Democracy and the Western Legal Tradition
University of Trieste School of Law
April 1, 2012
Mauro Bussani and Ugo Mattei (Eds.), The Cambridge Companion to Comparative Law, Cup, Cambridge, 2012, 388-396
The availability of democracy is usually presented as a pre-requisite of any evaluation – be it political, economic or legal – of any country, and as an imperative to pursue (with or without Western help) for all societies that do not enjoy it. Yet, discussions about non-democratic systems, and the Western aspiration to transform them, often fail to take into account – as they actually should – the basic elements of Western democratic societies, the very fabric with which democracy is woven. The paper adopts a comparative law approach to the issue. It takes into account the historical, technical, and cultural frameworks underlying Western democracies, and unveils the limits of the arguments usually employed by both the detractors of democracy itself, and those who believe that democracy is an easy-to-export commodity.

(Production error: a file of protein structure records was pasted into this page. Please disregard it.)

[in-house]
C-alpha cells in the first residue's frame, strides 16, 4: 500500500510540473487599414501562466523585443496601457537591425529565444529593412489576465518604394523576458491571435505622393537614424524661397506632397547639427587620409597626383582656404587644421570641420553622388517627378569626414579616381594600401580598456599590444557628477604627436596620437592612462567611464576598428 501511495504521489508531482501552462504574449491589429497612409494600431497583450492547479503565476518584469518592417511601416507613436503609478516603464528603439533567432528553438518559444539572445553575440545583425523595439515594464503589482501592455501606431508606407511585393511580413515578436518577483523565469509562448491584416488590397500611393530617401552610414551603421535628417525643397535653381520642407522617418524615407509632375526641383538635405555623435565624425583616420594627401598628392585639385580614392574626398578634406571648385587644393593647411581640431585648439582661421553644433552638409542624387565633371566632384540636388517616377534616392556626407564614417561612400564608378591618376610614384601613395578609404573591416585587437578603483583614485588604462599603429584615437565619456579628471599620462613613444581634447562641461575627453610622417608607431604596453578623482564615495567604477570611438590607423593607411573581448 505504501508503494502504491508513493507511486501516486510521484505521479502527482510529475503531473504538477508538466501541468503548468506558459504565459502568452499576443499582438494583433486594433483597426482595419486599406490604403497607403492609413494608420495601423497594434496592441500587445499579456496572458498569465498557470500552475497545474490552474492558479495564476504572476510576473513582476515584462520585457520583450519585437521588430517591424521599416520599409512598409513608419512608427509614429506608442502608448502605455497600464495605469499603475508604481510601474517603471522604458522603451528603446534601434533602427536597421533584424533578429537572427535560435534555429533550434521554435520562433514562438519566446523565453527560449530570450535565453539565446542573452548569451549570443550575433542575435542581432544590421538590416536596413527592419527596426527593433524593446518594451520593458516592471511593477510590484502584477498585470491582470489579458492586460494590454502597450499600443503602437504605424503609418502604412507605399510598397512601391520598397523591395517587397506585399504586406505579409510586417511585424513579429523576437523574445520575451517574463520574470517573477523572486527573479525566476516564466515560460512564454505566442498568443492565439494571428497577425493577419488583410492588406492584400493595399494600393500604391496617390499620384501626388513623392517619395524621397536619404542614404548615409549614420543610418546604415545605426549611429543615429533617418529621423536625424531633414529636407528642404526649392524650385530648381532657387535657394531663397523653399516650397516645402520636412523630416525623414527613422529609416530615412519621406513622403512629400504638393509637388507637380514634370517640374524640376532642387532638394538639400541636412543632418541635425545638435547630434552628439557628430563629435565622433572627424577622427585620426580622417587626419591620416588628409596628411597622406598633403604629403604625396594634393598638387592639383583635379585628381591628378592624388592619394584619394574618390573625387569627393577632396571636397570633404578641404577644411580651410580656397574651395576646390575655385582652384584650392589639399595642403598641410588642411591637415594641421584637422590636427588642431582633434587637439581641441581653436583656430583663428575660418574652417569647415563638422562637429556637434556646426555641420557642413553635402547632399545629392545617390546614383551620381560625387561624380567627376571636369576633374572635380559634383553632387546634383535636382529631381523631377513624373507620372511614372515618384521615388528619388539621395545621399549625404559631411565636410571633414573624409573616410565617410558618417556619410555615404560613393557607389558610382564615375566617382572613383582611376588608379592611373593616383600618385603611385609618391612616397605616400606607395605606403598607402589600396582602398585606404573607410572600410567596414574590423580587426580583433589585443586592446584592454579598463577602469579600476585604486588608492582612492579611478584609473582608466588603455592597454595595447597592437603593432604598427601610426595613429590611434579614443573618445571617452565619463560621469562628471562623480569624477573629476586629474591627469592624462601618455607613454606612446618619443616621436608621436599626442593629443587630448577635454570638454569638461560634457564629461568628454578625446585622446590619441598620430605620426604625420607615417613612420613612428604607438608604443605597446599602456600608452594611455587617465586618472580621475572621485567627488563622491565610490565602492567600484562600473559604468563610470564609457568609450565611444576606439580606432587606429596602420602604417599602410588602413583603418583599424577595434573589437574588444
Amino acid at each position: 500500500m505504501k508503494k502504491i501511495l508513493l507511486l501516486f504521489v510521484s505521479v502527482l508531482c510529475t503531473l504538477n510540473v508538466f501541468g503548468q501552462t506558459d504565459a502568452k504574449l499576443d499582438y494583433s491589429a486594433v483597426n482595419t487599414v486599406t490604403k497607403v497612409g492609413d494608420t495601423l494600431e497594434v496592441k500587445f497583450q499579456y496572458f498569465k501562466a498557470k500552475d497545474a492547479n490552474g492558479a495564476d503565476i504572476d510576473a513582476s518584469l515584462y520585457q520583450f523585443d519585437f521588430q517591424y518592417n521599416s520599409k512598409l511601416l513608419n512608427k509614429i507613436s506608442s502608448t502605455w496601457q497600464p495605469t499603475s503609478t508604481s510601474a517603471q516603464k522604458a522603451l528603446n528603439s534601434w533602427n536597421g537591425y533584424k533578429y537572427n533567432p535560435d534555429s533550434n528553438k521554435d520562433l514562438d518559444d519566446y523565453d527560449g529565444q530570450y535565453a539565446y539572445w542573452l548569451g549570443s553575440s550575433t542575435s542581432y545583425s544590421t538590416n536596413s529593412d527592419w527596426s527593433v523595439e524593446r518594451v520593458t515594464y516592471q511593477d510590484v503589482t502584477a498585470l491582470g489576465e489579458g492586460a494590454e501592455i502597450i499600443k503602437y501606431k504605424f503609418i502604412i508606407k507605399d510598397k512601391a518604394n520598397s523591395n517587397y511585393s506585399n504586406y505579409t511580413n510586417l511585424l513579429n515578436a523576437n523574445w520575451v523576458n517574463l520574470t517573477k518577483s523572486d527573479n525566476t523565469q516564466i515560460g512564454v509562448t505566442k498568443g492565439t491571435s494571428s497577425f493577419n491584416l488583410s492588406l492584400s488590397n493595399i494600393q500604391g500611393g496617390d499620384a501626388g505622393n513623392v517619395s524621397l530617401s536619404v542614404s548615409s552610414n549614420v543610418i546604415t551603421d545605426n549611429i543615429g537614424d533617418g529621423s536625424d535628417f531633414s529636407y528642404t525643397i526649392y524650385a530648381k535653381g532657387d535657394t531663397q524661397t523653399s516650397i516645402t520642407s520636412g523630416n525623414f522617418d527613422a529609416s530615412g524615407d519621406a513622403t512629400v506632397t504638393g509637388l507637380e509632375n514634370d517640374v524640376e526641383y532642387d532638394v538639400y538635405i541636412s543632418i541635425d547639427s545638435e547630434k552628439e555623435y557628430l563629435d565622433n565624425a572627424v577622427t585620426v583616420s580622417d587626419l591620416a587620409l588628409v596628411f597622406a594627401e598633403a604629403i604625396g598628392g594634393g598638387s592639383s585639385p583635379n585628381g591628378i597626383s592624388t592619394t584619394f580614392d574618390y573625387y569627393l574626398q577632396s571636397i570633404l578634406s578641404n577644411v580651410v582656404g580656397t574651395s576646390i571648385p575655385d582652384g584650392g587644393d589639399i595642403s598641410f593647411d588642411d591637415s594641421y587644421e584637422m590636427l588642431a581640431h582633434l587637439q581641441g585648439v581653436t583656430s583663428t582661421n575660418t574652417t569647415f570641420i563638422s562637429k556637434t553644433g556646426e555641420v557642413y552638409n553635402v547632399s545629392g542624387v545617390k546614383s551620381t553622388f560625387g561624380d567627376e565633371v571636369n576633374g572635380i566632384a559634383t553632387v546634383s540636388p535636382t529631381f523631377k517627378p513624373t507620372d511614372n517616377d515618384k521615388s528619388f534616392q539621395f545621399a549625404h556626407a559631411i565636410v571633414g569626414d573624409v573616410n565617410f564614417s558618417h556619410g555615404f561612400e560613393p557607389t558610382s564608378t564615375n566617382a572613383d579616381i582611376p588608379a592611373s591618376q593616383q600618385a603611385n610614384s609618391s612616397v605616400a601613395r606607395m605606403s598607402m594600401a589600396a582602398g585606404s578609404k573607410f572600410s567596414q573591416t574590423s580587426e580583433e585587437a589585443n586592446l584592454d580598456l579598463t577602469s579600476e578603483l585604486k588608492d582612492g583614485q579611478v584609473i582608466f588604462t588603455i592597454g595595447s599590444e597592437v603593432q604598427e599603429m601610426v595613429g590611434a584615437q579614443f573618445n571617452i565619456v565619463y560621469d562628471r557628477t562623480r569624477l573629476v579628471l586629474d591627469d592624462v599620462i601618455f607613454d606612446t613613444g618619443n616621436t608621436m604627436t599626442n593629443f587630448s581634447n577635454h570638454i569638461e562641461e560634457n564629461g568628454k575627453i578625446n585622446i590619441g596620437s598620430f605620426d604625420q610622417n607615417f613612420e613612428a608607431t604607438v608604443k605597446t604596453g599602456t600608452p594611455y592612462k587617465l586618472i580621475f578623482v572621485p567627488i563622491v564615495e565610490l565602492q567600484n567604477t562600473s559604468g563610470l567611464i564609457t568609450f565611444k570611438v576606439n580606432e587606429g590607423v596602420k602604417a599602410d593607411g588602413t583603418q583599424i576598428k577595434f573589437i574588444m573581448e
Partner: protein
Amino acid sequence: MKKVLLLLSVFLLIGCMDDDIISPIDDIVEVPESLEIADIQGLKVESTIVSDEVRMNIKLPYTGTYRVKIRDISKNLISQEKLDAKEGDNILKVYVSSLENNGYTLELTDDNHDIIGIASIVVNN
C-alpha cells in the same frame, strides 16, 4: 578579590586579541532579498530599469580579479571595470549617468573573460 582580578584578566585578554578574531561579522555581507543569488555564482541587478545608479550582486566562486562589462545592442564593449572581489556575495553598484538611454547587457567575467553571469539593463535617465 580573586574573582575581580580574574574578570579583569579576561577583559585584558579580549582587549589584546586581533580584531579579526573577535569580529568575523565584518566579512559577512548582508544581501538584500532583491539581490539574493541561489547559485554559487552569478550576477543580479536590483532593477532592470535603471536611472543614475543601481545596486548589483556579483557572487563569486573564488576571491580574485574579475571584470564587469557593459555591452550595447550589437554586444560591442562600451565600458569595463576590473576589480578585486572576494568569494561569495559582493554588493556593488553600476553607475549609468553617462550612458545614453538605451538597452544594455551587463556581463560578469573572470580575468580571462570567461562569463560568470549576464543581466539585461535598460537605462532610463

Number of Pages in PDF File: 10
Keywords: Law of democracy, Western legal tradition, comparative law
JEL Classification: K10Accepted Paper Series
Date posted: January 11, 2013 ; Last revised: January 24, 2013
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